Deep in the velvety folds of Gloucestershire last week, Elizabeth Hurley was fixing the fence around her farmhouse. Was the idea, as the actress claimed, to keep the alpacas in? Or Shane Warne out?
The Aussie spin-wizard was on his way for what was billed as a crisis meeting about their relationship. Almost two years have passed since the couple became engaged, but there has been no sign of a wedding, and a series of strained communiques between the pair last week suggested it may be all over. The prospect of a split is likely to provoke mixed feelings among the couple's admirers.
Some fans of the redoubtable English beauty will take heart from her renewed availability, while the restoration of Warne to what he was before La Hurley got her hands on him has become close to a national campaign in Australia. The country's favourite fat cricketer from Upper Ferntree Gully had been shockingly transformed into a sleek, lip-glossed, eye-linered model of metrosexuality.
There was no doubt Down Under about who was to blame. "Waxwork Warnie! - Whipped Into Shape by Hurley" howled the headlines. But who was to blame? Liz denied all responsibility, and Warne claimed that rather than taking beauty tips from the face of Estee Lauder, his real inspiration had been his best mate's mum, who had introduced him to a new range of diet shakes. "I have always taken pride in my appearance," he huffed. "I'm proud of how I look, and I have worked my butt off to get here." The second part of this statement was a lot more convincing than the first. For despite the tragicomic meanderings of his life, 44-year-old Warne is a sportsman driven like few others.
There was something Napoleonic about his approach to cricket. Like the Emperor, he instinctively understood the delicate correlation between his own strengths and his opponents' weaknesses, and just as the young Bonaparte passed his days learning about angles and trajectories from the cannon-makers of Brienne, so the young Warne would spend countless hours in the nets of his beloved St Kilda Cricket Club in Melbourne, working on ways to make a ball defy the laws of physics.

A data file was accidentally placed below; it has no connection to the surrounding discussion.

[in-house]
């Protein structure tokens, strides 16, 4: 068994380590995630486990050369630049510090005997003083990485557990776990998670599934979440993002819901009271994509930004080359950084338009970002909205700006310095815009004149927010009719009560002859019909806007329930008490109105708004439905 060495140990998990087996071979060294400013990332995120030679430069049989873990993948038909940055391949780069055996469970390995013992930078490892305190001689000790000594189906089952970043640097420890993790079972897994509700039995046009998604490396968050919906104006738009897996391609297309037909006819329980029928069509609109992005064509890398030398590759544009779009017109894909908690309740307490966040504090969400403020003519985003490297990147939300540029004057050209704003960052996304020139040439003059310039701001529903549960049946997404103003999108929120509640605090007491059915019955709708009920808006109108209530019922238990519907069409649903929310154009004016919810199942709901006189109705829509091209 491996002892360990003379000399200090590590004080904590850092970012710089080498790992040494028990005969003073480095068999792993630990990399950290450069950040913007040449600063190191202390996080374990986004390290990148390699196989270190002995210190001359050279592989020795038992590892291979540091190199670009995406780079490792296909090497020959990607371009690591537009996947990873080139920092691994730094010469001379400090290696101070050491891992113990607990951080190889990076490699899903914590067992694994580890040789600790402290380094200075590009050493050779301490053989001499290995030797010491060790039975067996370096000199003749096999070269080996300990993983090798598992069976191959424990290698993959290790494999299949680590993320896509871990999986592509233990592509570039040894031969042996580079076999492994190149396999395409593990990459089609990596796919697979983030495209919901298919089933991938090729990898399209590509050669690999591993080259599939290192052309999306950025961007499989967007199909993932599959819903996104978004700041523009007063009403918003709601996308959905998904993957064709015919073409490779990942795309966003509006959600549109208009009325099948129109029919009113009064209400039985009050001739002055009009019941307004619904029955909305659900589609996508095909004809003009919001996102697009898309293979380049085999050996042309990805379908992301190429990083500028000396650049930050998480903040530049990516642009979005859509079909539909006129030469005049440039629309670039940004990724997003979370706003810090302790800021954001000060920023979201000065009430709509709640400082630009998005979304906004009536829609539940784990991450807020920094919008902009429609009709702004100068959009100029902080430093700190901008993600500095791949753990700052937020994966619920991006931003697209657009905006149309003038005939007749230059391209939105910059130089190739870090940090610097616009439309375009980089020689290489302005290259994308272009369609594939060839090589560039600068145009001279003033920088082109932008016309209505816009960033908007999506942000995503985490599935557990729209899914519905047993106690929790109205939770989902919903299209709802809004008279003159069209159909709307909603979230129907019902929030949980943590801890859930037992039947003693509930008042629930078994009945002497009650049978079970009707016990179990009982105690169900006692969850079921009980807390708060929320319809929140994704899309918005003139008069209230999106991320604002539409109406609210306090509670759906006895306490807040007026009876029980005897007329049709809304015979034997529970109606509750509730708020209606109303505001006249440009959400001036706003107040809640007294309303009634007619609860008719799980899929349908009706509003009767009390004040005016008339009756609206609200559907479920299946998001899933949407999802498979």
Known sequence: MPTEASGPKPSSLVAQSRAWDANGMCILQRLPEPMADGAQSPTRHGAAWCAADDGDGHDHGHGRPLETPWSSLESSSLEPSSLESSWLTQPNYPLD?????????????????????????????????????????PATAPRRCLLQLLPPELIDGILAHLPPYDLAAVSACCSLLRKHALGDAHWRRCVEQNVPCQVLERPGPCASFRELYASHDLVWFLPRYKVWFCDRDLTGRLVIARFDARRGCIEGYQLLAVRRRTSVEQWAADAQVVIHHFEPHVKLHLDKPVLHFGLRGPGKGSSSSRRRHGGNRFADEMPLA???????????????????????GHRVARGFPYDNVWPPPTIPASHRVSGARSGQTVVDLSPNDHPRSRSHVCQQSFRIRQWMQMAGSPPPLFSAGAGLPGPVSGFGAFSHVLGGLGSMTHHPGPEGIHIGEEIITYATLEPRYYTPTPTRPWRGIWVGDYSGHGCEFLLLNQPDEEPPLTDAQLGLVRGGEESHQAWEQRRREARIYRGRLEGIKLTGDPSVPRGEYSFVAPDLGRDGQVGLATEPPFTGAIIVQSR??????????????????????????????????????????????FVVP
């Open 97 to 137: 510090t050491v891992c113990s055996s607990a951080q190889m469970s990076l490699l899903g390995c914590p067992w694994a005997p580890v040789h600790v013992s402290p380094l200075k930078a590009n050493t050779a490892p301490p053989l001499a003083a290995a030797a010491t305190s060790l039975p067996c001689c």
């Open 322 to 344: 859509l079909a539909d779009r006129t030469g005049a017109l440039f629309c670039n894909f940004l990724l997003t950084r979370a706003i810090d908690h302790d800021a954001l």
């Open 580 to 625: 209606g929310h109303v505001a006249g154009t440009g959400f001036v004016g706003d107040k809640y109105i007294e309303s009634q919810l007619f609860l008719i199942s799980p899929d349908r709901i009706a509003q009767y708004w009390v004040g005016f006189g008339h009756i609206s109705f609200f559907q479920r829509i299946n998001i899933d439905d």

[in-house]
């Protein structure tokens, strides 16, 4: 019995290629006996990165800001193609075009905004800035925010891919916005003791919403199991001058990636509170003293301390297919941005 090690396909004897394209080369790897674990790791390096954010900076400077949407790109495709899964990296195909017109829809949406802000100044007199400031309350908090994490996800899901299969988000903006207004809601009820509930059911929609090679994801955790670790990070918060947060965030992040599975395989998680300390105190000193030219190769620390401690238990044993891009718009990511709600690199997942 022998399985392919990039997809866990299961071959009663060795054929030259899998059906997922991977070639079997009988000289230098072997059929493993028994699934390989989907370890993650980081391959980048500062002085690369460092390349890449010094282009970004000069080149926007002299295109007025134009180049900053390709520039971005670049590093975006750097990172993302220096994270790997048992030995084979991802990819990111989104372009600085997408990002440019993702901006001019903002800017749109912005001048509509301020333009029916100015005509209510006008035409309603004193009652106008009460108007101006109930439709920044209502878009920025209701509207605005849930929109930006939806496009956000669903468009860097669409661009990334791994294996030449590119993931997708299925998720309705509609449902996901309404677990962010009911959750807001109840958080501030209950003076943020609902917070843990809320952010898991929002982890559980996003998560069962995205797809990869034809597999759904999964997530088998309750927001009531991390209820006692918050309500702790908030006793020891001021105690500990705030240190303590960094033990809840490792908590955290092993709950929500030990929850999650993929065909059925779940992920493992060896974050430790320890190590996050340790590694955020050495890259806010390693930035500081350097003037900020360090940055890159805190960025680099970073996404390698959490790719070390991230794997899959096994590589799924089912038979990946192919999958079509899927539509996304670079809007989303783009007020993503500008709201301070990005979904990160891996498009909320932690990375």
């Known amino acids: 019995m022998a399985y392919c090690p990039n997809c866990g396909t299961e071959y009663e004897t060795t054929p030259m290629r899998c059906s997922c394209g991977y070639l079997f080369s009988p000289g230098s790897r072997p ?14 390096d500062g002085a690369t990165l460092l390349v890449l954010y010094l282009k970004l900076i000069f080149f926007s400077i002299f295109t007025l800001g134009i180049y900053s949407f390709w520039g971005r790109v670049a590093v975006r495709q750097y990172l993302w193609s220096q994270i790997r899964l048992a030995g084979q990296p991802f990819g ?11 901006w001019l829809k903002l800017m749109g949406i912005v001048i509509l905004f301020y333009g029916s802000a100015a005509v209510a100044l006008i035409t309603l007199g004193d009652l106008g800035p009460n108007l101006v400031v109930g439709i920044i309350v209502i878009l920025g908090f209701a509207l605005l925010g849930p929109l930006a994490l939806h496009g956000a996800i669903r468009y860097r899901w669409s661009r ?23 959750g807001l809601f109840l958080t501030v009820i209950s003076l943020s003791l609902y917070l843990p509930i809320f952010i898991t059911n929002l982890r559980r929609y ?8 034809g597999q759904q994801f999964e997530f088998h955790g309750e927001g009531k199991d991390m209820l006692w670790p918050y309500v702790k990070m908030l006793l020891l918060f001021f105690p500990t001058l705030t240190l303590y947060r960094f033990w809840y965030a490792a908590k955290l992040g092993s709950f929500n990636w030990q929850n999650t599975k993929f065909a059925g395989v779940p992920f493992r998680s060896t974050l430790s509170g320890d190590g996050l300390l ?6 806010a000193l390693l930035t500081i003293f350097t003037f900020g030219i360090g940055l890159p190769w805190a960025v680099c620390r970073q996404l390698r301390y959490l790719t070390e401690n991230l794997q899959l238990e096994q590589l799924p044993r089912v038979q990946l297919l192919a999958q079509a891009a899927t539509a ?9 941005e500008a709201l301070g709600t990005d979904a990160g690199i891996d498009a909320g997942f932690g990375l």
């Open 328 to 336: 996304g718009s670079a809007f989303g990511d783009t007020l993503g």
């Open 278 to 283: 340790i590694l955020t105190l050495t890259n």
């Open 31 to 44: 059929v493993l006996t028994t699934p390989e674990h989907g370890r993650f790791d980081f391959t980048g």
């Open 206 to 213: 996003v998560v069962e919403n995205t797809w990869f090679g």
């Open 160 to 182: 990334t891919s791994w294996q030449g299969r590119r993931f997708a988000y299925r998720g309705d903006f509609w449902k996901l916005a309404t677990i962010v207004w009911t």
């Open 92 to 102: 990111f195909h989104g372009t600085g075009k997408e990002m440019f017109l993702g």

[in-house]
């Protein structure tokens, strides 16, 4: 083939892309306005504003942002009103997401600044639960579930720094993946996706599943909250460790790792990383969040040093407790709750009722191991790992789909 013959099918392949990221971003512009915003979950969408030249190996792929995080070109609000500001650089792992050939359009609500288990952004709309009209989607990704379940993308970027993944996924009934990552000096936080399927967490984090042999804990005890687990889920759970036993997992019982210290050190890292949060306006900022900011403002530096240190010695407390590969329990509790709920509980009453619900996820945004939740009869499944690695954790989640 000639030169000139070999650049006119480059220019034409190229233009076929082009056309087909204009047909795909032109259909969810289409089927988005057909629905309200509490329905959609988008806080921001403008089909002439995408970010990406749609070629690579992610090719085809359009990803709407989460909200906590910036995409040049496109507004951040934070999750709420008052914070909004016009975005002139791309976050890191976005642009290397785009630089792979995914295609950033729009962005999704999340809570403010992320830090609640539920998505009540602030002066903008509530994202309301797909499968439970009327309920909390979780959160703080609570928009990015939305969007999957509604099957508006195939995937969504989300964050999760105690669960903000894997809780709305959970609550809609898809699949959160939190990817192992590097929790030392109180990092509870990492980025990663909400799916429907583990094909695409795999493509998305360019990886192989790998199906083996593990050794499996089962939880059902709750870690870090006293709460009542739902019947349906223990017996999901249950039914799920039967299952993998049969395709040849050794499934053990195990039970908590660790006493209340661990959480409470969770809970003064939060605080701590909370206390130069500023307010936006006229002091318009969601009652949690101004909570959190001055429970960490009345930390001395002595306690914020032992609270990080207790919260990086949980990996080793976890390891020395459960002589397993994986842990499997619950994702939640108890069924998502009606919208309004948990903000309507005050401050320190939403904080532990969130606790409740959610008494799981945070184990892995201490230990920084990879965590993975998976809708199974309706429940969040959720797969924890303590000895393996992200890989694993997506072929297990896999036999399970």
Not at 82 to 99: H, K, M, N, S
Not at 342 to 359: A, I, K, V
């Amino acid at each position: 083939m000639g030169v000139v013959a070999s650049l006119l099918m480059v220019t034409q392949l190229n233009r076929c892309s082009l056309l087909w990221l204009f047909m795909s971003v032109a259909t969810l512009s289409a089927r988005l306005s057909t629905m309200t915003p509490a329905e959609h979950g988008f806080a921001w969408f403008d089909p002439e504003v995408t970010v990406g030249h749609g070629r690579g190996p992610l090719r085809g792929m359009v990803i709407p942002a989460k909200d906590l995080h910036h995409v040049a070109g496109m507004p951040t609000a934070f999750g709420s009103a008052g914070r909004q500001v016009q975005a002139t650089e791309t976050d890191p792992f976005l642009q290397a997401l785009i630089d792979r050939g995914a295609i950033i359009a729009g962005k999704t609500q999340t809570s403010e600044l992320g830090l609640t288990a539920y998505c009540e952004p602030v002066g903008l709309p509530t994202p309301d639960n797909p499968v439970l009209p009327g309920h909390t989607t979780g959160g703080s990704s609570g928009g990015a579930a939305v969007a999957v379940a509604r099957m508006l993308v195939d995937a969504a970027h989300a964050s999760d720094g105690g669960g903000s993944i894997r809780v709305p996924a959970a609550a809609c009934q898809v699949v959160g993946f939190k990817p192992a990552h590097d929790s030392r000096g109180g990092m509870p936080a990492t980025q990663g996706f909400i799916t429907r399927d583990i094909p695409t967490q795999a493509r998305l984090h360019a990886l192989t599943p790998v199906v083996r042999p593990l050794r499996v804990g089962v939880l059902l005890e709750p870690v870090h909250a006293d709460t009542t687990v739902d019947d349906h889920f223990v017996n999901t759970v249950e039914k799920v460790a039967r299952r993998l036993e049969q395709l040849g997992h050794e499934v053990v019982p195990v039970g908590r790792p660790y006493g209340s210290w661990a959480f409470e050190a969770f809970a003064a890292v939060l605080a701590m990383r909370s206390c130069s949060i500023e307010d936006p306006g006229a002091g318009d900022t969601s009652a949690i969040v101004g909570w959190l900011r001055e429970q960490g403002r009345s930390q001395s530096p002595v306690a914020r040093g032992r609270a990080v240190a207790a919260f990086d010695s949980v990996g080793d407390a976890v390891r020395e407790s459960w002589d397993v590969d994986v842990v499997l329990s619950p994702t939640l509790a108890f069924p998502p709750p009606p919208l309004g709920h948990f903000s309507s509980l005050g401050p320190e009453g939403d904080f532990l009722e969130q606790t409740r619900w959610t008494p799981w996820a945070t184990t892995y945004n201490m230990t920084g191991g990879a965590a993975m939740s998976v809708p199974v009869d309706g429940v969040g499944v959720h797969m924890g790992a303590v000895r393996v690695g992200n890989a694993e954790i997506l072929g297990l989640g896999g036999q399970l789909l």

Those who wondered what Shane and Elizabeth ever had in common overlooked the ambition, the perfectionism and the ill-defined sense of outsiderdom. Ms Hurley, 48, may be conveniently typecast as an English rose, but she feels foreign among us: "You see," she once told an interviewer, "in England, nobody is supposed to show that they work hard. It's like in college, where we used to always pretend that we weren't really doing our schoolwork.
One has to work secretly in England. You're not supposed to make an effort." Similarly, Warne, with his surfer-dude looks and air of delinquency, may have clicked beautifully with the average Aussie sports fan, but cricket's establishment never took him to heart. Oh, and there was the shared obsession with tweeting. Until he met Elizabeth, Shane's observations lacked a certain sophistication: "What's everyone's favourite meat pie?" he would ask.
"Does everyone floss before going to the dentist?" But things were about to change. The pair were first seen together at a Goodwood race meeting three years ago. Afterwards Elizabeth tweeted: "Hello, new Australian friend, how nice to have met you, and in such sexy surroundings." By the end of the year, they were discovered sharing an expensive London hotel suite. Both raced to explain that their marriages - his to teenage sweetheart Simone Callahan, hers to Indian textile tycoon Arun Nayar - had recently collapsed.
By the beginning of this month, the tone of the communications had darkened. "The more I know of man, the more I love my dog," wrote Elizabeth. Responding with a previously unsuspected profundity, Shane offered: "It's not what happens in your life, it's how you react to what life throws at you in good and bad times." On September 13 - the cricketer's birthday - the only tweet from Elizabeth was a disengaged: "One of my alpacas has escaped!"
A few days later she followed up with: "Apologies to loyal followers for Twitter silence on recent events. Too raw and personal to share right now." What has gone wrong? For all the calculation and exactitude Warne brought to the cricket pitch, he tends to blunder oaf-like around the field of human relationships. Once, while supposedly seeking a reconciliation with Simone, he sent her a text saying: "Hey beautiful, come straight round, the door's open."
His wife replied: "You loser. You sent that to the wrong woman." Born into a modest home in the Melbourne suburbs, Warne -Australia's wealthiest sportsman by far - has reliably failed to keep pace with his fame. For all her qualities, Elizabeth, the privately educated daughter of an Army officer, never quite looked like the right woman. Emerging into the national spotlight as the girlfriend of actor Hugh Grant, she has enjoyed an impressively long stint as a cosmetics model, made a number of mostly bad films and established herself as the go-to girl for event sponsors in need of instant glamour.
Four years ago, she announced plans to turn her Gloucestershire spread into a commercial powerhouse of organic produce, but the venture appears to have stalled. She has a notoriously low boredom threshold, and the word is that she has simply tired of Warne. He is addicted to the familiar, and the alternative word is that he wants to go back to Simone and their three children.
On Friday, as Warnie was descending on London, Elizabeth was heading to New York, conspicuously devoid of her sapphire engagement ring. It could be an interesting game.